Split Ratings and Differences in Corporate Credit Rating Policy between Moody's and Standard & Poor's

Date01 November 2014
Published date01 November 2014
The Financial Review 49 (2014) 713–734
Split Ratings and Differences in Corporate
Credit Rating Policy between Moody’s and
Standard & Poor’s
Michael Bowe
Manchester Business School, University of Manchester
Waseem Larik
Bank of Montreal
This paper investigates split credit ratings awarded by Moody’s and Standard & Poor’s
(S&P) to U.S. corporations. Bivariate probit model estimates, analyzing 5,238 firm-year ob-
servations from dual-rated S&P 500/400/600 index-constituent corporations, indicate firm-
specific financial and governance characteristics predict split ratings. Large,profitable compa-
nies with enhanced interest coverage, a greater percentage of independent directors, and more
institutional investment are less likely to receivesplits. Moody’s appears more conservative in
its evaluations, assigning lower ratings to smaller, less profitablecompanies with low interest
coverage. Moody’s also associates external, independent constraints on managerial autonomy
with a higher corporate credit standing relative to S&P.
Corresponding author: Manchester Business School, University of Manchester, Booth Street West,
Manchester M15 6PB, UK; Phone: +44 161 306 3407; Fax: +44 161 275 4023; E-mail:
We gratefully acknowledge the comments of Ralf Becker, Pedro Gomes, Owain ap Gwilym, Stuart
Hyde, Christopher Mann, Khelifa Mazouz, Philip Rother, Brahim Saadouni, Antonios Siganos, Kostas
Stathopoulos, Alex Taylor, Randall Valentine, the editor, Bonnie Van Ness, and anonymous referees of
this journal, as well as participants at the 2011 US Academy of Business conference and 2012 British
Accounting and Finance Association conference on earlier versions of this paper.
C2014 The Eastern Finance Association 713
714 M. Bowe and W. Larik/The Financial Review49 (2014) 713–734
Keywords: corporate ratings, split credit ratings, governance, ratings policy
JEL Classifications: G24, G28, G38
1. Introduction
Moody’s and Standard & Poor’s(S&P) dominate the global credit ratings indus-
try.1Indeed, financial services regulations2endorse their privileged position, sanc-
tioning the two major credit rating agencies (CRAs) preferential access to proprietary
corporate information in relation to other investment professionals. Notwithstanding
such advantages, Moody’s and S&P commonly disagree in their assessment of credit
quality and often assign split credit ratings to a corporation or a specific security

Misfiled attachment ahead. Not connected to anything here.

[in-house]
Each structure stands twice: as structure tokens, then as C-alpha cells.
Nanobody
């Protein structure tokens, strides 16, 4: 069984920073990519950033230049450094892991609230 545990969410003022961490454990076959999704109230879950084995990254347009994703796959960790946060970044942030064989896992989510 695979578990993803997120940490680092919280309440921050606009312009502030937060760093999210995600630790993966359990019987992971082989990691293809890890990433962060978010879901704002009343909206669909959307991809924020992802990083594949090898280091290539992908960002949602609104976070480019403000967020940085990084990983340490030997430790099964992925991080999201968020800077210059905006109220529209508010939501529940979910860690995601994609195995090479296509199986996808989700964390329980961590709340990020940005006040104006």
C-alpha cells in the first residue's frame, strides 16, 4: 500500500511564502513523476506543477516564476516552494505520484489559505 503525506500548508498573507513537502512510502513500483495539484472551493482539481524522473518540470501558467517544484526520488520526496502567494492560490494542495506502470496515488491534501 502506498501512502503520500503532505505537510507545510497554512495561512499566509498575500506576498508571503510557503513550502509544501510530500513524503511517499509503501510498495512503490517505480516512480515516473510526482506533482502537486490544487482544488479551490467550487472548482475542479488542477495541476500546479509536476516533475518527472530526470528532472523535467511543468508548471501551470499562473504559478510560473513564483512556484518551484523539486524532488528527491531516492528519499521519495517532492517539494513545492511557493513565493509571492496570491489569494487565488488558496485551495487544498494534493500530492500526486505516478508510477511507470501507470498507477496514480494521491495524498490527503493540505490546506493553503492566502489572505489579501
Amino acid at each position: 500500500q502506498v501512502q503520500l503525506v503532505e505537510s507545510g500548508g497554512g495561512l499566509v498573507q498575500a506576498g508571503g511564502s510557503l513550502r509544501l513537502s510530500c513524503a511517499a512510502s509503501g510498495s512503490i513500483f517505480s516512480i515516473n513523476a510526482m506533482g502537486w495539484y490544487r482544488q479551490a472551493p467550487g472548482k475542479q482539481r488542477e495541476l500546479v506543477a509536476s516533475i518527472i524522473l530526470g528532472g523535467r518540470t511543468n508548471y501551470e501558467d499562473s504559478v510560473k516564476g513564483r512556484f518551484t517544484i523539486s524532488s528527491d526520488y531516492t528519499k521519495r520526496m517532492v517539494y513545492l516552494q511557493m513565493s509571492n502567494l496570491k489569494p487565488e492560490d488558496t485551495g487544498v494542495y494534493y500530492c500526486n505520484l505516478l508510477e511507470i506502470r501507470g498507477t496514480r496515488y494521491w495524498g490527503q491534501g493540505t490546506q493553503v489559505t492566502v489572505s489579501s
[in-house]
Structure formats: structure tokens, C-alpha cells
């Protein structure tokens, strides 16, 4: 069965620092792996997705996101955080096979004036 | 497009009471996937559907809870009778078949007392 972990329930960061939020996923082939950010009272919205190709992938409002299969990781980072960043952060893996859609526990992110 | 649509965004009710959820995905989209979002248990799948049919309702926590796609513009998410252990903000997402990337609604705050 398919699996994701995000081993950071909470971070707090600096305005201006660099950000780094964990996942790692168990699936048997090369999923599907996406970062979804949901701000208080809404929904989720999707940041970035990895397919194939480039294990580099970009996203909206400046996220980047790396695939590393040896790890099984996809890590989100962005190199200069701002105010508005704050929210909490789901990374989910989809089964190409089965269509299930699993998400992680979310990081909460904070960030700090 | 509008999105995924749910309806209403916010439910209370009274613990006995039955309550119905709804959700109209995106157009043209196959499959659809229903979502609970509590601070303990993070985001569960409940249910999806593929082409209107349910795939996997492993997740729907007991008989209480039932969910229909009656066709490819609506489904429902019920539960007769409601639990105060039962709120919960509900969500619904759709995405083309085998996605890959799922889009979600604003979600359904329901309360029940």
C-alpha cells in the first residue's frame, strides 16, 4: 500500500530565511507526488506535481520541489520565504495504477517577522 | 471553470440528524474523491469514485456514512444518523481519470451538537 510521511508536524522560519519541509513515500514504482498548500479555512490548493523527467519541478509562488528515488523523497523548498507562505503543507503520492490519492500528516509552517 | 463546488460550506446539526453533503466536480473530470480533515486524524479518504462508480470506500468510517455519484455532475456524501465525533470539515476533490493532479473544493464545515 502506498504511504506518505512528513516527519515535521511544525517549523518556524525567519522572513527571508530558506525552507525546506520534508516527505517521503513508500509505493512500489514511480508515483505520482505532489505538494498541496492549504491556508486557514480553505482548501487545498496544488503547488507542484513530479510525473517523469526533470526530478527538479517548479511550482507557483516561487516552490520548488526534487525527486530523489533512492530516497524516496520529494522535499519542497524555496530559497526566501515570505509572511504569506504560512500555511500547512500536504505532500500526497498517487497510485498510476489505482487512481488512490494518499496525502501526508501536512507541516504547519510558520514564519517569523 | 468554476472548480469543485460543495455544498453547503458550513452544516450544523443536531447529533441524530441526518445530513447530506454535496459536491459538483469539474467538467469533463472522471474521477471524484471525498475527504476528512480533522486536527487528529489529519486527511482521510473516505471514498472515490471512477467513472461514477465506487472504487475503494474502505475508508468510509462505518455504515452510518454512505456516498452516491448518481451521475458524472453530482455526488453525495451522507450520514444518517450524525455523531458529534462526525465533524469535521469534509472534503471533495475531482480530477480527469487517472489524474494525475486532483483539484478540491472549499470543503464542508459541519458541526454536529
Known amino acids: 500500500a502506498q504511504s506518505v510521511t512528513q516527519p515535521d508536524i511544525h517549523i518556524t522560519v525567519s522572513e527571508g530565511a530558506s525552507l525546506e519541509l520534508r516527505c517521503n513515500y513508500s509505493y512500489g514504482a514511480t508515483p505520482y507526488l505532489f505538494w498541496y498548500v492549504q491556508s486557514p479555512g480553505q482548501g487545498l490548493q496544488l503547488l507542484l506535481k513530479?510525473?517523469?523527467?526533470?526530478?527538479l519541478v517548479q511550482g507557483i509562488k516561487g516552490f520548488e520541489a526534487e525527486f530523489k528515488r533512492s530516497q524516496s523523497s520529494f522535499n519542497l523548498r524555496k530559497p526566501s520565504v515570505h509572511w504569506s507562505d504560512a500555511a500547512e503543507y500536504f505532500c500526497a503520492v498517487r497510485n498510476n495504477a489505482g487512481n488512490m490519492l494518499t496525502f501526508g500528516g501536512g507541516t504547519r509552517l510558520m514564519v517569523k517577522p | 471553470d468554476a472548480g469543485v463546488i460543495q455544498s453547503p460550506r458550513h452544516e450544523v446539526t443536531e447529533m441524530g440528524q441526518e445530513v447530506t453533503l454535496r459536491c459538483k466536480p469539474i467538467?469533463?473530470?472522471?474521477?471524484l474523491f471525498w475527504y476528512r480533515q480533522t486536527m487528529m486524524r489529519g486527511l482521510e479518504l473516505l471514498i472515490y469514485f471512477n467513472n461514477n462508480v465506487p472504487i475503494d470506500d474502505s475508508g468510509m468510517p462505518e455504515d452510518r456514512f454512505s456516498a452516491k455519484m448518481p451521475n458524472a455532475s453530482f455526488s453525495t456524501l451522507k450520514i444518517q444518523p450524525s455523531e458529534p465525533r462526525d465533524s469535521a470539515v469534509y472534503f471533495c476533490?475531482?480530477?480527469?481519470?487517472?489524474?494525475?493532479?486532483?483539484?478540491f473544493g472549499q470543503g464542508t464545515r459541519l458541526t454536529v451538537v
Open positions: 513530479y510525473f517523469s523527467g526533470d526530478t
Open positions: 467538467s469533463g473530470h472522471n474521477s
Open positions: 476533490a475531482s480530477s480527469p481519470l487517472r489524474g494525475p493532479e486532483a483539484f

issue. Evidence suggests that approximately 20% of rated U.S. corporate bond issues
receive category-level split ratings, while around 50% of subratings or notch-level
ratings are splits3(Ederington, 1986; Jewell and Livingston, 1998; Livingston, Wei
and Zhou, 2010).
The economic and financial consequences arising from the award of a split
rating to a corporation are potentially significant. Financial market regulations can
restrict investors from investing in firms or securities that do not possess investment
grade ratings from the two major CRAs. Asset pricing studies reveal the award of
split ratings affects yields on bond issues trading in the secondary market, albeit
there is no clear consensus as to the direction of influence. Liu and Moore (1987)
allege that bond yields on split-rated issues reflect the lower of two ratings, while
Hsueh and Kidwell (1988) and Reiter and Ziebert (1991) maintain that they are
determined by the higher rating. Livingston, Wei and Zhou (2010) conclude split-
rated bonds average a 7-basis-point yield premium over congruent-rated bonds of
comparable credit risk. Jewell and Livingston (1998) and Gilloon (2010) propose
that the influence of split ratings on yields depends on the investment time horizon.
Surveys of U.S. and European fund managers corroborate these contrasting findings.
Cantor, Thomas and ap Gwilym (2007) find that 16% of the responding U.S. fund
managers make portfolio decisions using the higher of the two ratings, while 22% use
1Over our sample period, the combined market share of Moody’s and S&P is around 80%. “Rating the
rating agencies,” The Economist, May 31, 2007.
2Regulation Fair Disclosure (FD), implemented on October 23, 2000, prohibits U.S. public companies
from making selective, nonpublic disclosures to favored investmentprofessionals. This regulation has a
specific exclusion enabling rating agencies to access such nonpublic information.
3On the basis of S&P/Moody’s rating descriptors, a category-level split differentiates AA/Aa from both
A/A and AAA/Aaa, but not from AA+/Aa1 and AA/Aa3, while AA/Aa2 is distinct from both the
latter ratings in a notch-level split. S&P and Moody’s introduced notch-level ratings in 1974 and 1982,
respectively.As indicated, notch rating categories are given plus and minus symbols by S&P,and numerical
categories 1, 2, and 3 in the case of Moody’s.

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